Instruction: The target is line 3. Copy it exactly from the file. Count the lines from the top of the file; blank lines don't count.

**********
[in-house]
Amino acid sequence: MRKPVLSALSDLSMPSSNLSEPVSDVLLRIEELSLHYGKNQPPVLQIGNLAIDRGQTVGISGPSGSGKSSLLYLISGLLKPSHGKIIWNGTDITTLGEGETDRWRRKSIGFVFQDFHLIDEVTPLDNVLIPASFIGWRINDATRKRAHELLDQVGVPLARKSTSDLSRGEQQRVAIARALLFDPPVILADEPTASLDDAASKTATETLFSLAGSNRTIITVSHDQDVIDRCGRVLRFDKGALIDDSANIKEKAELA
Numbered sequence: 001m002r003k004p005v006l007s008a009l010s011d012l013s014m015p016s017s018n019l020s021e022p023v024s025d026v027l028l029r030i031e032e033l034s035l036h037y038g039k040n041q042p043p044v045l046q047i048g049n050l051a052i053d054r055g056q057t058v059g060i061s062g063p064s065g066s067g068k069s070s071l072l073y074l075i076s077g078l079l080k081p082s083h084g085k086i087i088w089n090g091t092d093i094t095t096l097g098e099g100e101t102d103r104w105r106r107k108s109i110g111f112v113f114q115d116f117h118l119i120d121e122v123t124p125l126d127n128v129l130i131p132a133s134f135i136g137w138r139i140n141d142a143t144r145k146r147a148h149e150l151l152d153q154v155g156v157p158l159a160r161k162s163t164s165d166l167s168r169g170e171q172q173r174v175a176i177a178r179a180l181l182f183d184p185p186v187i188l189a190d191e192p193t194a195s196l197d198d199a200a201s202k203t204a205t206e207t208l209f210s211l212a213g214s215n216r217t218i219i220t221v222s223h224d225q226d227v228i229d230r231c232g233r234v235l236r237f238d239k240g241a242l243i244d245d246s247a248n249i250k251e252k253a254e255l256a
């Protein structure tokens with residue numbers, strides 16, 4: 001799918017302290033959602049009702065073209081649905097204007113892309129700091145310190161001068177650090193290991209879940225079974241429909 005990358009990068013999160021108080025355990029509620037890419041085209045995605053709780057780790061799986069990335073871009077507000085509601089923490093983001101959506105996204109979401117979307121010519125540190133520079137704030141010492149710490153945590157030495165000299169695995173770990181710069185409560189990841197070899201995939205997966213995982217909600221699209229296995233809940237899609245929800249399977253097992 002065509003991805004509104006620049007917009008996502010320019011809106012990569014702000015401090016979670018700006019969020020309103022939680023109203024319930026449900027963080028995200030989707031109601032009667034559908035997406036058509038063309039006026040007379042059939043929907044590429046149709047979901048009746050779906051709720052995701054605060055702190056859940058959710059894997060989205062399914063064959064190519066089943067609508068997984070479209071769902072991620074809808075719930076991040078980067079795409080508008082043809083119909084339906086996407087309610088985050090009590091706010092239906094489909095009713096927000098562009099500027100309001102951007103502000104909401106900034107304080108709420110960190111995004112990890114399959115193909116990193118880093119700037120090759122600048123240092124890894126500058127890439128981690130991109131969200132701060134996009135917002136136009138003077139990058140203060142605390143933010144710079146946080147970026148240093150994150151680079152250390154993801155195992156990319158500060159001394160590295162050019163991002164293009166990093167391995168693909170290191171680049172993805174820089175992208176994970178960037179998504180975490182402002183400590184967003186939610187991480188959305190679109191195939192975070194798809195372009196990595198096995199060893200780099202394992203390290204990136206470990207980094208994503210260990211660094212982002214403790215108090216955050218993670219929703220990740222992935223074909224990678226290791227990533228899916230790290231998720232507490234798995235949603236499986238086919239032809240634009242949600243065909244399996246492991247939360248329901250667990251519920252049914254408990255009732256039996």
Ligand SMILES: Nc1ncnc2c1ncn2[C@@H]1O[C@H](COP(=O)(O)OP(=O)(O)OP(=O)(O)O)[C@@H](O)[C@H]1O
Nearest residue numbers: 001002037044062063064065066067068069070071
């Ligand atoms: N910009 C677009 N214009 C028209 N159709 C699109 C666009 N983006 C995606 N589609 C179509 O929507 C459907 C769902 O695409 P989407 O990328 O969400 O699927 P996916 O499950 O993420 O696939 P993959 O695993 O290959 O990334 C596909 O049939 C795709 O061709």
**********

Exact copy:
Numbered sequence: 001m002r003k004p005v006l007s008a009l010s011d012l013s014m015p016s017s018n019l020s021e022p023v024s025d026v027l028l029r030i031e032e033l034s035l036h037y038g039k040n041q042p043p044v045l046q047i048g049n050l051a052i053d054r055g056q057t058v059g060i061s062g063p064s065g066s067g068k069s070s071l072l073y074l075i076s077g078l079l080k081p082s083h084g085k086i087i088w089n090g091t092d093i094t095t096l097g098e099g100e101t102d103r104w105r106r107k108s109i110g111f112v113f114q115d116f117h118l119i120d121e122v123t124p125l126d127n128v129l130i131p132a133s134f135i136g137w138r139i140n141d142a143t144r145k146r147a148h149e150l151l152d153q154v155g156v157p158l159a160r161k162s163t164s165d166l167s168r169g170e171q172q173r174v175a176i177a178r179a180l181l182f183d184p185p186v187i188l189a190d191e192p193t194a195s196l197d198d199a200a201s202k203t204a205t206e207t208l209f210s211l212a213g214s215n216r217t218i219i220t221v222s223h224d225q226d227v228i229d230r231c232g233r234v235l236r237f238d239k240g241a242l243i244d245d246s247a248n249i250k251e252k253a254e255l256a